Apple's iPad still reigns supreme among tablets, but its grip on the market is starting to loosen.
In the fourth quarter, Apple's tablet captured 75.3 percent of worldwide market share, easily besting Android-based devices' 21.6 percent share, according to market-research firm Strategy Analytics. However, those figures differ vastly from the third quarter when Apple had 95.5 percent share and Android had just 2.3 percent.
For 2010 overall, iPad's held 84.1 percent of the market, while Android devices accounted for 13.1 percent.
Despite the iPad's slip, Apple sold millions more in the fourth quarter compared with the third. Strategy Analytics reported that 7.3 million iPads shipped worldwide in the fourth quarter, up from the 4.2 million in the third quarter. All told, Apple shipped 14.8 million iPads last year, the firm said.
Just 100,000 Android units shipped during the third quarter of 2010. But in the fourth quarter, 2.1 million units hit store shelves. In total, about 2.3 million Android-based tablets shipped worldwide last year.
The vast majority of those Android units were likely Samsung's Galaxy Tab. Samsung announced in early December that it had shipped 1 million units worldwide since their release in November. A report from South Korea news agency Yonhap said Samsung shipped 2 million Galaxy Tab units last year altogether. However, the company would not confirm that figure when contacted by CNET last week.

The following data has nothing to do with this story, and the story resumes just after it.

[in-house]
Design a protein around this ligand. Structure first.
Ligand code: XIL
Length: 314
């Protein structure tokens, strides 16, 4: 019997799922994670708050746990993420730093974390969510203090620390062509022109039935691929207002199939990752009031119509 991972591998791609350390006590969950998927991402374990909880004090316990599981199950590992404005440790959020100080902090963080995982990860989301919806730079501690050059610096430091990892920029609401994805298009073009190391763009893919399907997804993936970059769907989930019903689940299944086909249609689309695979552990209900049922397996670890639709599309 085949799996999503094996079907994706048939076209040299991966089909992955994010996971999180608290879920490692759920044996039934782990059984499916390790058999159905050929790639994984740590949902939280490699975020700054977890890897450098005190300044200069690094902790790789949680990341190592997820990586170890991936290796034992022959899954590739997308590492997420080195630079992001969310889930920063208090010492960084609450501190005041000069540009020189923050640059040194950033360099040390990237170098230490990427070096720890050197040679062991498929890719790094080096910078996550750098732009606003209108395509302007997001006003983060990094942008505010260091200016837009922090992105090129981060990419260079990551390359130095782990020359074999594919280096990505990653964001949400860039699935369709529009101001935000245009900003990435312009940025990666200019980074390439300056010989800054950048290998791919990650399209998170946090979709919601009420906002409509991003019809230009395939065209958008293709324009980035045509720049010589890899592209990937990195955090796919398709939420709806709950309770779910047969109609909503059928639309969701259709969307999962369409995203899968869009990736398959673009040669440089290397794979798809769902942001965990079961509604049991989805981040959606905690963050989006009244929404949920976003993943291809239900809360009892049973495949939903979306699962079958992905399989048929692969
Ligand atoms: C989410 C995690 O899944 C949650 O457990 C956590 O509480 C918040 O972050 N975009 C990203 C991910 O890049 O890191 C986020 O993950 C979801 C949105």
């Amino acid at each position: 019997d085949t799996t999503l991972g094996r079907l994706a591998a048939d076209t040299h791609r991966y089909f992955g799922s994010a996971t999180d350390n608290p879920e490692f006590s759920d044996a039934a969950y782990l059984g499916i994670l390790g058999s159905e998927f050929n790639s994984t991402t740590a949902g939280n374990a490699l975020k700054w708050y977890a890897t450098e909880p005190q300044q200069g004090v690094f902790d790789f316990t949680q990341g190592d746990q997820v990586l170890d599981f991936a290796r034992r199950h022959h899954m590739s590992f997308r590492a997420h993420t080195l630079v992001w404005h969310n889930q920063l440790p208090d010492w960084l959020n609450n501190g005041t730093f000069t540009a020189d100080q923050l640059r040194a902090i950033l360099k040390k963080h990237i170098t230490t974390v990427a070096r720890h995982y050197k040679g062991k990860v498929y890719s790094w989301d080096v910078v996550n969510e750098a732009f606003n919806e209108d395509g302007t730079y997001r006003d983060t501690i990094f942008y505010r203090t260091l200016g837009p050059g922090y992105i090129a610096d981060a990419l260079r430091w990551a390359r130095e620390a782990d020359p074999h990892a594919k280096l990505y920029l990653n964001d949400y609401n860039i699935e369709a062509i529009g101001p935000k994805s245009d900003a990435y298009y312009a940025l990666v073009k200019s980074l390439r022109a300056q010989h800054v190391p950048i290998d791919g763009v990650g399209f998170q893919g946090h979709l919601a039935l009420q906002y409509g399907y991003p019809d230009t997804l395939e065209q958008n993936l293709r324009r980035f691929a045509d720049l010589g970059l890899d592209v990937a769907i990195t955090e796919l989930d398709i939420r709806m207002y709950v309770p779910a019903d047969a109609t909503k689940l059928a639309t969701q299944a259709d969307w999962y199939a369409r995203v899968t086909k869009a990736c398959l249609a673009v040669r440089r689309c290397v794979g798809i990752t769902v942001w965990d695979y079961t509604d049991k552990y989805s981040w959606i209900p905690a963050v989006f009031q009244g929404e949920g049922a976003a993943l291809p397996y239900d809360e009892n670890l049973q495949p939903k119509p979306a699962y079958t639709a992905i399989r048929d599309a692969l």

Either way, 2011 is shaping up to be an even bigger year for the tablet market as a whole.
Market researcher IDC said earlier this month that it expects 44.6 million tablets to ship this year. IDC estimates that 17 million devices shipped in 2010.
At the Consumer Electronics Show earlier this month, a slew of companies, including Asus, LG, Motorola, and Acer, showed off their entries for the tablet market in 2011. And by year's end, the market is expected to be filled with devices to compete with Apple's tablet.
For its part, Apple is also expected to deliver a new entrant to the tablet arena with the iPad 2. So far, however, the company has been its typical, tight-lipped self on any details surrounding that potential device.